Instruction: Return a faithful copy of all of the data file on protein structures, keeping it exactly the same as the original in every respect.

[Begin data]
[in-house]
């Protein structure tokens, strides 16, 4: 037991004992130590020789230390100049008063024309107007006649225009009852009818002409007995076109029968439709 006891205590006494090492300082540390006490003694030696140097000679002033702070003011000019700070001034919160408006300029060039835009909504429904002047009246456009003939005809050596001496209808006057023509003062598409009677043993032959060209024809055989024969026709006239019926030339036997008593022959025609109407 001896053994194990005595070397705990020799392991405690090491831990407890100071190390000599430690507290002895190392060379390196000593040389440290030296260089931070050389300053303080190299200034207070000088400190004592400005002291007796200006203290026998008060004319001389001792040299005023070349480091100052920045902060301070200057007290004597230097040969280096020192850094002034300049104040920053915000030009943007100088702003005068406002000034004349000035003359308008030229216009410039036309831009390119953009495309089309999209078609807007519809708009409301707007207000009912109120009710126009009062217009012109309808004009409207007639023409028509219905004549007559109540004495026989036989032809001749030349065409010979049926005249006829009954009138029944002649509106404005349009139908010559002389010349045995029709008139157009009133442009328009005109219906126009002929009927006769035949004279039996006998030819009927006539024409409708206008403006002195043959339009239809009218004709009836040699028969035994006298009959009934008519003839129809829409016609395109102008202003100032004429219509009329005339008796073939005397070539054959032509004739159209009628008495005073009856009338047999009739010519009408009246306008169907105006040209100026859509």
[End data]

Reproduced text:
[in-house]
């Protein structure tokens, strides 16, 4: 037991004992130590020789230390100049008063024309107007006649225009009852009818002409007995076109029968439709 006891205590006494090492300082540390006490003694030696140097000679002033702070003011000019700070001034919160408006300029060039835009909504429904002047009246456009003939005809050596001496209808006057023509003062598409009677043993032959060209024809055989024969026709006239019926030339036997008593022959025609109407 001896053994194990005595070397705990020799392991405690090491831990407890100071190390000599430690507290002895190392060379390196000593040389440290030296260089931070050389300053303080190299200034207070000088400190004592400005002291007796200006203290026998008060004319001389001792040299005023070349480091100052920045902060301070200057007290004597230097040969280096020192850094002034300049104040920053915000030009943007100088702003005068406002000034004349000035003359308008030229216009410039036309831009390119953009495309089309999209078609807007519809708009409301707007207000009912109120009710126009009062217009012109309808004009409207007639023409028509219905004549007559109540004495026989036989032809001749030349065409010979049926005249006829009954009138029944002649509106404005349009139908010559002389010349045995029709008139157009009133442009328009005109219906126009002929009927006769035949004279039996006998030819009927006539024409409708206008403006002195043959339009239809009218004709009836040699028969035994006298009959009934008519003839129809829409016609395109102008202003100032004429219509009329005339008796073939005397070539054959032509004739159209009628008495005073009856009338047999009739010519009408009246306008169907105006040209100026859509």